U.S. House approves authorization for replacement Soo Lock
Sep 14, 2018 08:42AM
Photos by Dale G. Young / The Detroit News
By Melissa Nann Burke of The Detroit News - September 13, 2018
Washington — The U.S. House voted Thursday to approve legislation including authorization for $922.4 million to build a large replacement lock at the Upper Peninsula's Soo Locks.
The water-infrastructure bill, which passed on a voice vote, next heads to the U.S. Senate, where its passage and the president's signature would be the first concrete step in decades toward building the new lock.
Lawmakers said funding will still need to be appropriated next spending cycle.
"This modernization project is long — as in decades — overdue," said Rep. Jack Bergman, R-Watersmeet, whose district includes the locks.
"We’ve accomplished more in the first 18 months of this session than was done in the last 18 years."
The progress is due in part to a study by the U.S. Army Corps of Engineers released this summer that recommended a 1,200-foot-long lock to mirror the 49-year-old Poe Lock at Sault Ste. Marie.
The Army Corps provided an economic analysis that will allow the project to compete for construction funding, estimating the cost at $922 million at next year's pricing level, or $1 billion over the seven-year to 10-year construction period.
The Poe is the only one of the four aging locks owned and operated by the Army Corps in the Soo is big enough to handle the largest freighters that carry 89 percent of the cargo through the corridor.
An unexpected outage of the Poe could cause a bottleneck with a rippling disruption through the supply chain for steel production and, thus, manufacturing across the country.
Kevin Sprague, Area Engineer for the Soo Locks looks over a satellite image of the St. Mary's River and the locks, as The News tours the Soo Locks and gets some behind-the-scenes looks at equipment and tunnels beneath the facility. (Photo: Dale G. Young, The Detroit News)
Republican Rep. Paul Mitchell said he helped push for the project's inclusion in the authorization bill as a member of the House Transportation and Infrastructure Committee.
"It’s an issue nationally in terms of the economy and national defense,” said Mitchell of Dryden. “Turns out it was authorized in 1986, and there’s been studies and discussion but nothing got done.”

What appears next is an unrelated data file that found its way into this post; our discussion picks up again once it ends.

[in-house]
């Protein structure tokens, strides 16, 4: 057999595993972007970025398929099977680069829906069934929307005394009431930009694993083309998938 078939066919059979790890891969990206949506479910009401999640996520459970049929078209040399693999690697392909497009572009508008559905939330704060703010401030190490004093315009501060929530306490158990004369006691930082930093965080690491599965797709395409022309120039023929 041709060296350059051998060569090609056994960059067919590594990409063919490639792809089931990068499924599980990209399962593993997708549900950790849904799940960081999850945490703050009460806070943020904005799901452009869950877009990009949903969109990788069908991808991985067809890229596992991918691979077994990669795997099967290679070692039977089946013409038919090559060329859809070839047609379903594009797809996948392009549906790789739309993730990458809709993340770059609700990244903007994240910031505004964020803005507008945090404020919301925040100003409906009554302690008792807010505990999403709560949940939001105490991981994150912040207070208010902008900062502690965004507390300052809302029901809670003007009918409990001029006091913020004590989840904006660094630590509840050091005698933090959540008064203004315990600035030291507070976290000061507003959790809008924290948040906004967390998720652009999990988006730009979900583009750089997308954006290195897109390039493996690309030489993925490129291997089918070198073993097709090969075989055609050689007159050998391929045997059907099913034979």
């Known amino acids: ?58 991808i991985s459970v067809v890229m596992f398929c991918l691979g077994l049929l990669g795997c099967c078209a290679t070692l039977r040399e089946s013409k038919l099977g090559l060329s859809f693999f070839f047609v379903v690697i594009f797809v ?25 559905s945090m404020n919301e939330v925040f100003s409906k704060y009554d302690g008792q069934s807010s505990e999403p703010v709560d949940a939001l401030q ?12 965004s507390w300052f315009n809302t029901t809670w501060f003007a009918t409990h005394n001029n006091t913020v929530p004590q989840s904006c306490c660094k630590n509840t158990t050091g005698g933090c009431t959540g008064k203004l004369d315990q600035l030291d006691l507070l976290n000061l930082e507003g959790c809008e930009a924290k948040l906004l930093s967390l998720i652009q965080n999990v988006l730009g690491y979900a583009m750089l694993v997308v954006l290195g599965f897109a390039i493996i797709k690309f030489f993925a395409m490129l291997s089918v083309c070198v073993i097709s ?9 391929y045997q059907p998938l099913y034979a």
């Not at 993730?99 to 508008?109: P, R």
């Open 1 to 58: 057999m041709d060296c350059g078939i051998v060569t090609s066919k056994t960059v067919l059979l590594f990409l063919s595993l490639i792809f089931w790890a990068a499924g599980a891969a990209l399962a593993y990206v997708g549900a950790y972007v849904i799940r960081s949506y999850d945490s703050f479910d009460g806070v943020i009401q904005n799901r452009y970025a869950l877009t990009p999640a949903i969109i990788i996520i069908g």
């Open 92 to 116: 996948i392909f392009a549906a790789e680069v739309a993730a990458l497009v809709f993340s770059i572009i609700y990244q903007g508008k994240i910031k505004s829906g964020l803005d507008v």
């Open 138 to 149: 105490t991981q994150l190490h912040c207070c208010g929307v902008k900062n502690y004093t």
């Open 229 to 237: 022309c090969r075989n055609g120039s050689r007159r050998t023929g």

He noted the findings of a 2015 Department of Homeland Security report that found no alternative transportation mode exists for getting iron ore from Minnesota mines to steel mills on the lower Great Lakes.
The same study concluded the Poe Lock is a weak link in the North American industrial economy, and an unplanned, six-month closure could plunge the U.S. economy into recession, costing up to 11 million jobs.
Sen. Debbie Stabenow, D-Lansing, who worked to include authorization in the Senate version of the bill, applauded Thursday's House vote. She and Bergman had co-sponsored a bill last year with the objective of authorizing the lock.
"The locks are vital to commerce in Michigan and our national defense," Stabenow said in a statement. "This is a significant step toward finally getting this done.”
Rep. John Moolenaar, R-Midland, pledged to work with his colleagues on the House Appropriations Committee to fund the Soo Locks upgrade.
"Today's legislation makes it crystal clear: President Trump, Republicans, and Democrats support a new lock in the Soo," he said.
The Soo project seemed to gain momentum following an April visit by President Donald Trump to Michigan, when Bergman, Mitchell and Moolenaar informed the president of the stalled upgrade during a car ride from Selfridge Air National Guard Base to a Macomb Township sports arena.
"The Soo Locks are going to hell," Trump later told the arena crowd. "You know that, right? And we’re going to get them fixed up."